Early-onset Huntington disease affects a small number of cases and begins in childhood or the teens.
If one of your parents has Huntington disease, you have a 50% chance of getting the gene. If you get the gene from both your parents, you will develop the disease at some point in your life. You will also pass it on to your children. If you do not get the gene from your parents, you cannot pass the gene on to your children.
According to the researchers, these miRNA sequences were found to be present in much higher levels in patients with HD (some were undetectable in the brain cells of normal patients), which would also make them excellent targets as biomarkers for HD expression. “If this miRNA were also found outside of brain tissue, for example in the blood, it could be used as an inexpensive, non-invasive assessment of the severity of the disease and perhaps for evaluating the effectiveness of treatments in clinical trials for HD. If the amount of miRNA were quantified in an HD patient, the amount could provide insight into the likely age of disease onset or life expectancy of the patient which current genetic testing in HD does not provide,” added Myers.
Huntington’s Disease Signs and Symptoms
Huntington’s disease produces three types of symptoms: movement, cognitive, and psychiatric. The sequence in which symptoms develop varies from person to person.
Movement and Huntington’s Disease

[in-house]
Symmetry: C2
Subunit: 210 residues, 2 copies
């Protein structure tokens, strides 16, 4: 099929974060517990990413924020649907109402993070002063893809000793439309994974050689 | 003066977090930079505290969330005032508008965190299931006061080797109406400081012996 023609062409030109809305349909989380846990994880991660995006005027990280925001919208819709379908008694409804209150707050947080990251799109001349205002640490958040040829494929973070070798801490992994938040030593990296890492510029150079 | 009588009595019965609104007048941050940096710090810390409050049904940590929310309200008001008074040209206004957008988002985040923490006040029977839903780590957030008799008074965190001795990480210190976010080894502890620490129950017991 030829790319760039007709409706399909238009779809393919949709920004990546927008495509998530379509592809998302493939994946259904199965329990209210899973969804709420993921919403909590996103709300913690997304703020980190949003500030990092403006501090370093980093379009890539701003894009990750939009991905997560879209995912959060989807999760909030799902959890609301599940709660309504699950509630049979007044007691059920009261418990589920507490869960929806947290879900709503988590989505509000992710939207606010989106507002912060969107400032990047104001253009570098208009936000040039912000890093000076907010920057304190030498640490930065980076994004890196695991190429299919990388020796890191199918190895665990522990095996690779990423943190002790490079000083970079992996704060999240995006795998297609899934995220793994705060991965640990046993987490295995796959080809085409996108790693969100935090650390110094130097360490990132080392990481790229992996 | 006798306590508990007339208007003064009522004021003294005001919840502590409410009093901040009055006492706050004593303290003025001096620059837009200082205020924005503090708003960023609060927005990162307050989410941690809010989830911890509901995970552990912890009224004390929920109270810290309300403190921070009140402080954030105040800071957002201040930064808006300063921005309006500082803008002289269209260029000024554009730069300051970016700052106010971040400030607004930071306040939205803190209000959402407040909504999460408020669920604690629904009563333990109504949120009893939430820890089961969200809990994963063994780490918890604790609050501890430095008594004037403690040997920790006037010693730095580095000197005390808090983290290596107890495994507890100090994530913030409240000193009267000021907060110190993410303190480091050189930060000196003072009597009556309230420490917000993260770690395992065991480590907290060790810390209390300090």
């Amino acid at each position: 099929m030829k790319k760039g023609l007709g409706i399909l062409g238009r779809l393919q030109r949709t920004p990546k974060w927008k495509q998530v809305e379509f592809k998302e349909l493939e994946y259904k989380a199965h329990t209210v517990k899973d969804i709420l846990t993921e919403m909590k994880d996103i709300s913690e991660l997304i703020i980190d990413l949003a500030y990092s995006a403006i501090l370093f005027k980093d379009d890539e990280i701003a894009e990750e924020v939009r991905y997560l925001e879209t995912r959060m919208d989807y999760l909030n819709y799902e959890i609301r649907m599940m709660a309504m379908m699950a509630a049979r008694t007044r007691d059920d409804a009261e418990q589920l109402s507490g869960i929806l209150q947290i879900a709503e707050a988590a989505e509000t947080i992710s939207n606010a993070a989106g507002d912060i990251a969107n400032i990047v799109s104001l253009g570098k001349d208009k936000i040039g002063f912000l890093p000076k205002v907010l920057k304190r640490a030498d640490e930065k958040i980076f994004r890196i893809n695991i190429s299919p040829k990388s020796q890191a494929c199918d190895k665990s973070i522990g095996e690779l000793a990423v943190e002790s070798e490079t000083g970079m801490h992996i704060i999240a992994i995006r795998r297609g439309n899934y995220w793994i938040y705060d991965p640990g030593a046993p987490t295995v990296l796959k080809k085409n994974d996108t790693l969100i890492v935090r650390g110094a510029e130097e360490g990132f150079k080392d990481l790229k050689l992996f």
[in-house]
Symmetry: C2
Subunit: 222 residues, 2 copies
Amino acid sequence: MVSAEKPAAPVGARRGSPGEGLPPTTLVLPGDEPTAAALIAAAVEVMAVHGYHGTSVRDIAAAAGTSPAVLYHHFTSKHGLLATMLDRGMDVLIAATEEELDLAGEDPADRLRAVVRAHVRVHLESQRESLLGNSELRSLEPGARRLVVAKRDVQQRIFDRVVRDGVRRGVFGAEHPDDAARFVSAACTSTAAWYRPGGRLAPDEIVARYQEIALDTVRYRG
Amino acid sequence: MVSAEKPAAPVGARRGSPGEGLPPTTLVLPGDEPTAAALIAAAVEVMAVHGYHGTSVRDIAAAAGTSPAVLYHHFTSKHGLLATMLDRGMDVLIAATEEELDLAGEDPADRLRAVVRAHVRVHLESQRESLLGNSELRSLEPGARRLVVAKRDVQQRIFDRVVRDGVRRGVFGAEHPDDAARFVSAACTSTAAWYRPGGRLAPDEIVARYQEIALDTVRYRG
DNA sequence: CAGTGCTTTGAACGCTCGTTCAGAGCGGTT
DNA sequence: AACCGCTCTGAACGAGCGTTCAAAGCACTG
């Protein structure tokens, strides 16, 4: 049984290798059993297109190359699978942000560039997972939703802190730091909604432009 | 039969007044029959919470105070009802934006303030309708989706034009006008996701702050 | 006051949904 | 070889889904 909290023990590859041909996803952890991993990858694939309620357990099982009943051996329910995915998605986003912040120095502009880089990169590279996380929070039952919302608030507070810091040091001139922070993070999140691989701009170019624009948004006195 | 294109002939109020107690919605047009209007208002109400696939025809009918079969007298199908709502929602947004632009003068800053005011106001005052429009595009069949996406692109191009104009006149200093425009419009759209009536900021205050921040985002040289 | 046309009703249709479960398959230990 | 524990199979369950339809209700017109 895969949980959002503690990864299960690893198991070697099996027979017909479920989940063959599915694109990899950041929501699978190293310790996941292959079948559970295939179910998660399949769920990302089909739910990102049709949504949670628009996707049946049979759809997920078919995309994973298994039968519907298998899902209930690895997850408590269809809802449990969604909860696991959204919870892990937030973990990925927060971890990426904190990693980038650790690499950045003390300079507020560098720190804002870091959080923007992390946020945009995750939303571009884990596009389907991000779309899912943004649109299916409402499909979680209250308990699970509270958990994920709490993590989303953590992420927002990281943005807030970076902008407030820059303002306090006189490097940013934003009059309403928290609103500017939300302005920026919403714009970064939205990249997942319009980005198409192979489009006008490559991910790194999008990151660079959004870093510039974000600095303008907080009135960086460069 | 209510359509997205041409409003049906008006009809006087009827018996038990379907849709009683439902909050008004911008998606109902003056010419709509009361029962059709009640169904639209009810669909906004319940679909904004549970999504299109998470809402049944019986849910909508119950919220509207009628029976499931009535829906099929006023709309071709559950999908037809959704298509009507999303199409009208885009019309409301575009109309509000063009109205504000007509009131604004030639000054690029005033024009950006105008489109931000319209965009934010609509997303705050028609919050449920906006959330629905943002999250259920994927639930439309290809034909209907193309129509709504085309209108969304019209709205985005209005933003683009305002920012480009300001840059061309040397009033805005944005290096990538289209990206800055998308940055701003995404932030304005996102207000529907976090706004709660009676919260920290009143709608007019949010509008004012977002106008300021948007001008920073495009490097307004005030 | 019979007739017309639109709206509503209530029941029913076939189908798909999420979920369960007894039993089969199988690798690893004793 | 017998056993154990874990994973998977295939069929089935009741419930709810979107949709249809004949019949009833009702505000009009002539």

Uncontrolled movement, or tics, may develop in the fingers, feet, face, or trunk. This is the beginning stage of chorea—involuntary, rapid, ceaseless movement. Chorea can become more intense when the person is anxious or disturbed. Over time other symptoms, such as the following, emerge:
Jaw clenching (bruxism)
Loss of coordination and balance
Swallowing and/or eating difficulty
Uncontrolled continual muscular contractions (dystonia)
Walking difficulty, stumbling, falling
Cognitive Function and Huntington’s Disease
Over time judgment, memory, and other cognitive functions begin to deteriorate into dementia. As Huntington’s disease progresses, the ability to concentrate becomes more difficult. The person may have difficulty driving, keeping track of things, making decisions, answering questions, and may lose the ability to recognize familiar objects.
Psychiatric Symptoms of Huntington’s Disease
Early psychiatric symptoms of Huntington’s disease are subtle, varied, and easily overlooked or misinterpreted. Depression is the most common psychiatric symptom of Huntington’s and often develops early in the course of the disease. Signs of depression include:
Inability to take pleasure in life (anhedonia)
Lack of energy
Some people develop manic-depression, or bipolar disorder, during the course of the disease.
This genetic study is the product of a collaboration between the lead investigators at BUSM and their colleagues at Massachusetts General Hospital, Mount Sinai School of Medicine and the University of Massachusetts Medical School.
This research was supported by the National Institute of Neurological Disorders and Stroke under award number 1R01-NS073947 and the Jerry McDonald Huntington’s Disease Research Fund.
Boston University Medical Center